DANZIGER’S TRAVELS – NICK DANZIGER (incomplete)

1. For to me the essence of travel, especially to remote places, is precisely that you are on your own. There are no printed guides and maps to help you, and so the only way to see the place you are visiting is through the eyes and with the help of the people who live there. (p.2)

2. The routes were determined by the natural contours of the land, following rivers, picking up oases, crossing passes, skirting where possible deserts and mountain ranges. The modern traveller using them encounters barriers of a different kind. He is not stopped by sand, rock or rain, but by politics: the closed frontiers of countries which, unsure of their own internal control, wish to shut out foreign influence. (p.8)

3. I had no desire at all to join the present trend for travelling long distances in eccentric ways, like cycling or hiking all the way. My journey would be one of discovery, and its object would be to promote greater understanding of the peoples along its route; it would not be a journey about me; it would be a journey about them. (p.8)

4. I have found that a camera distances you from the people you are among, at worst singling you out as a tourist; and I feel that photographing people especially makes them into objects of curiosity and somehow robs them, and me, of dignity. The compromise I reached was never to carry my cameras openly. I hid them in a small khaki bag. And I remained wary of taking photos of people, often envying other travellers who were less fastidious. (p.13)

5. I had a schedule mapped out but it was a safe bet that the vagaries of travel would soon make a nonsense of it. (p.16)

6. You have quickly to forget any western sense of time or urgency and you have to become more philosophical, too, because the more agitated you become, the slower everything seems to go. (p.31)

7. It is a cool, twilight world. (p.36)

8. The personal self-advancement on which the west operates has little place in their lives. (p.56)

9. Usually I feel nothing but disdain for the diplomatic and expatriate way of life, which, it seems to me, can only ever arouse resentment among locals, because diplomats and expats almost never enter into the spirit of their host country, often not even bothering to learn the language. (p.63)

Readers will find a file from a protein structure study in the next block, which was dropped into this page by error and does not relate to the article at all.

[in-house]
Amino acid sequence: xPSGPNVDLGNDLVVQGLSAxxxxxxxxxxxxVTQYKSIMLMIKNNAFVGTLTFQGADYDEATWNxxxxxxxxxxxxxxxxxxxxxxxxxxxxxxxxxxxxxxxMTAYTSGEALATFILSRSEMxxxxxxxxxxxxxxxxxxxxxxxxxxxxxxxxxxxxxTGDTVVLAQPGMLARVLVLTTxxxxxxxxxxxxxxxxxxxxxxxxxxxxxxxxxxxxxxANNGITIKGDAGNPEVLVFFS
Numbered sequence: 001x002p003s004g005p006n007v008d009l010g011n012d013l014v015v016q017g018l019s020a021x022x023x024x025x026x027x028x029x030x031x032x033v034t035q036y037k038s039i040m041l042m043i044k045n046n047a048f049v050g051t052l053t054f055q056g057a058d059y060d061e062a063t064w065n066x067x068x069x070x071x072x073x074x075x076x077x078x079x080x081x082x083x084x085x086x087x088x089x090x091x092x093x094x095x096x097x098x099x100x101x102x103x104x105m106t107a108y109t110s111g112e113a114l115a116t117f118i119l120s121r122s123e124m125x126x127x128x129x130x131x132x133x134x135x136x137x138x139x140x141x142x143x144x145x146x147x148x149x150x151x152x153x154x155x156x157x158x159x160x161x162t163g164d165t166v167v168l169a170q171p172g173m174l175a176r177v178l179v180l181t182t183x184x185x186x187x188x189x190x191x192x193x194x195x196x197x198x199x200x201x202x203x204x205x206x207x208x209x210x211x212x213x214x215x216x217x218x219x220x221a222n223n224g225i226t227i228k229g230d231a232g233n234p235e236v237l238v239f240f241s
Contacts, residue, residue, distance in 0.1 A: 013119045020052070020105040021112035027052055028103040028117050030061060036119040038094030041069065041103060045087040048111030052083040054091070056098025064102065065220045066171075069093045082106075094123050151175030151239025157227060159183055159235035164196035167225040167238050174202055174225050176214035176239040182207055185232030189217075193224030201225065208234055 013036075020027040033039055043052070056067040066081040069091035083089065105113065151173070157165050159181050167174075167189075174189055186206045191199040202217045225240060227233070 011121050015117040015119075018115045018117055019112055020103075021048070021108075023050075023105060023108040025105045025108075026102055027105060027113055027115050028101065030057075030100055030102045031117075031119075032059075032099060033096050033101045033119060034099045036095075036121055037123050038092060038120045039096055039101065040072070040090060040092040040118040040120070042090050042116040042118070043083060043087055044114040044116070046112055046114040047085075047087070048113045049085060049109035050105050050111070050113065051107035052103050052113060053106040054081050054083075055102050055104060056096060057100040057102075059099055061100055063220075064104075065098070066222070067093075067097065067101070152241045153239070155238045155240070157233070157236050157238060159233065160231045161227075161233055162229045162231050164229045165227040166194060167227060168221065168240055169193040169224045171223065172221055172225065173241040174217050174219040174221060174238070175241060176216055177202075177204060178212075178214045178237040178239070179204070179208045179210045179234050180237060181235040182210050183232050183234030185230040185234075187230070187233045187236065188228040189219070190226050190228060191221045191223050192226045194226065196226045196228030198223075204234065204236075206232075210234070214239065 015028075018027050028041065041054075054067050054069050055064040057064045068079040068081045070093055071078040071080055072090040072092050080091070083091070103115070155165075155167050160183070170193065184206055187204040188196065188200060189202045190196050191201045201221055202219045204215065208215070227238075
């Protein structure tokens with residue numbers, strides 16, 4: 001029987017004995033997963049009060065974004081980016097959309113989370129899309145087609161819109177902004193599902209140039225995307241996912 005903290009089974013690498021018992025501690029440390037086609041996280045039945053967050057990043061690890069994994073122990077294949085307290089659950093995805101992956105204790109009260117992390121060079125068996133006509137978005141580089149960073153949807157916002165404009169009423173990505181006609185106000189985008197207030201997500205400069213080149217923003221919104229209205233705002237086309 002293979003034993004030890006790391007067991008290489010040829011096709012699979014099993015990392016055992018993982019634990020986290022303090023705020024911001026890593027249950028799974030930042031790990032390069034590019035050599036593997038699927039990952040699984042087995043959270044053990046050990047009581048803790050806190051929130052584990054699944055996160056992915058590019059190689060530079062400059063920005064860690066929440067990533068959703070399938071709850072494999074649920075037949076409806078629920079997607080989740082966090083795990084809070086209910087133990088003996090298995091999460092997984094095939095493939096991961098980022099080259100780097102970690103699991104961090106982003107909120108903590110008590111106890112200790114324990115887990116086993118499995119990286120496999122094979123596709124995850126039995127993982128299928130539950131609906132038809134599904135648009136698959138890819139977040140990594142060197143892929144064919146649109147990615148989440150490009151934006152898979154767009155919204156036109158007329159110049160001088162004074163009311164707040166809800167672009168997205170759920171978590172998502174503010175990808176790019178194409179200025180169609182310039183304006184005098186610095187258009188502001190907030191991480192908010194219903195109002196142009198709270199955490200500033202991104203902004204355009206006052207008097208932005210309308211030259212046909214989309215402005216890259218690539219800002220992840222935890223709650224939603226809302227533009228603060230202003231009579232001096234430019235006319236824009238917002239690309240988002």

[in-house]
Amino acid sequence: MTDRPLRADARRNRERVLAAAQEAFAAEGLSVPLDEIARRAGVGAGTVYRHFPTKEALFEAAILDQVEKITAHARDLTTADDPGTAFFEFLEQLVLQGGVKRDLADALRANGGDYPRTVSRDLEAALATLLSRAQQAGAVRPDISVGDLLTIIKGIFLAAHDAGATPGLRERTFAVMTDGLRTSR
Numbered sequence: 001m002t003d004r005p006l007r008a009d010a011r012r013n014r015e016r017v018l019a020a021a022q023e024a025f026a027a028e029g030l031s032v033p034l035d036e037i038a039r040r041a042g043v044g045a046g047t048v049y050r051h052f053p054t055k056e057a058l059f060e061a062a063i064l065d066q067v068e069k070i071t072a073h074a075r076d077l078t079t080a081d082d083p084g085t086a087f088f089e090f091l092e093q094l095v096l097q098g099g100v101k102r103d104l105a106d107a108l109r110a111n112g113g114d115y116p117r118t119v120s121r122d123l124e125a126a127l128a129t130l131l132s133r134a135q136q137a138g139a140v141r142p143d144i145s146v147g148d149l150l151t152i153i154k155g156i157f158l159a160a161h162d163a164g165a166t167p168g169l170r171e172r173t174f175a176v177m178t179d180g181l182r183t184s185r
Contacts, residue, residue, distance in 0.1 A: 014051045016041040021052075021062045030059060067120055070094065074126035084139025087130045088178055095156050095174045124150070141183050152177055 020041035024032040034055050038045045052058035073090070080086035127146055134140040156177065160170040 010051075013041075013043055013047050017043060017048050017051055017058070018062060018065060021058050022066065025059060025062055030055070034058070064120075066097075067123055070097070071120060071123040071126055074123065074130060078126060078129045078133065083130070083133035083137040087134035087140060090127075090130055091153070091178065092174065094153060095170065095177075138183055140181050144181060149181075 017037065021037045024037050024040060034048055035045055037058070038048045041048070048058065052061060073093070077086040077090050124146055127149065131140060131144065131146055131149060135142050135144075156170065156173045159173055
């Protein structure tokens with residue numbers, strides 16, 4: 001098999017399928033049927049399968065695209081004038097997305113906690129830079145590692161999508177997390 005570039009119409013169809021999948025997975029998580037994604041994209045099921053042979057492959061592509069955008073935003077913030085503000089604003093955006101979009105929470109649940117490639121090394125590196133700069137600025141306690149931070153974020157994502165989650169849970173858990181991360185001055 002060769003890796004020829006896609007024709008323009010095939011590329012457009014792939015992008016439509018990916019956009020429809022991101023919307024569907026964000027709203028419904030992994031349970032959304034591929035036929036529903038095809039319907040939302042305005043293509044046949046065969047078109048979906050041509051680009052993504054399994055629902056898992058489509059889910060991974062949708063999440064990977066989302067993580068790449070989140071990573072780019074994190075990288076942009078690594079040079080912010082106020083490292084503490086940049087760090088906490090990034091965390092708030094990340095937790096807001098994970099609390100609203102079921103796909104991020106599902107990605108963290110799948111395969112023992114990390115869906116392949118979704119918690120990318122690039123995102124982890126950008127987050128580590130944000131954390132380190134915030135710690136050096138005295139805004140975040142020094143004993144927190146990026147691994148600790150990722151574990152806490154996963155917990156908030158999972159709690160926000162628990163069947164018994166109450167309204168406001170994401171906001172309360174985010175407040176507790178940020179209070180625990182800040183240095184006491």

10. That I went to their parties at all was because their sadness attracted me (sadness does), and I flattered myself that my presence might in some way alleviate their melancholy. (p.70)

11. I dumped my bags on the rack and went back to say goodbye to Sadeeq. I hated that moment. I was lost for words, and ‘thank you’ seemed hopelessly inadequate. I’d bought him a Persian translation of a Zola novel and I gave him one of the six Churchill commemorative coins that Fellows are given to distribute on their journeys. The parting was made worse by the fact that the friendship had been too brief, that it had been lopsided in that he had done far more for me than I for him, and that in all likelihood we would never meet again.

In the end, ‘goodbye’ had to say it all. ‘Khoda hafeez!‘ I shouted to him as the train drew out of the station. (p.98)

12. (…) and, as one thought drifted into another in that hopeless, unconnected way when sleep beckons, I imagined undressing veiled women… (p.106)

13. Maybe my practical reaction came to save me from a more emotional one. (p.135)

14. (…) white-bearded faces like walnuts, (…) (p.142)

15. (…) – one old man looked exactly like some retired major from Surrey, (…) (p.152)

16. It would be all too easy to become involved with these people for romantic or sentimental reasons, but if I had no absolute commitment, then such an undertaking would be pointless. (p.155)

17. The westerner’s disease of visiting, doing one’s bit and then leaving. (p.155)

18. With my rebellious stomach I felt at a low ebb as I rested and wrote up my journal. I was not personally very pleasant, either, as I was both sweaty and grimy. At the back of my mind, too, was the old fear that I was not master of my fate, and another source of irritation was the villagers themselves. Of course they meant well, but they had no conception of my need for occasional privacy. It is not unusual for a mosque to double as the village inn and community hall, and so I had visitors every hour of the day. I would fall asleep under the curious, unwavering gaze of silent villagers, and wake up to find them still there, still staring. (p.158)

19. Real thirst is an indescribable thing. (p.161)

20. (…) within three hours the truck, our clothes, our skin were all the same desert colour. (p.168)

21. We spent the rest of that night and the whole of the next day holed up tensely at an oasis, marking time under the shadow of the tree, (…) (p.172)

22. The children, her as elsewhere, were a merry, motley crew, caked in dirt and dressed in rags. (p.231)

 

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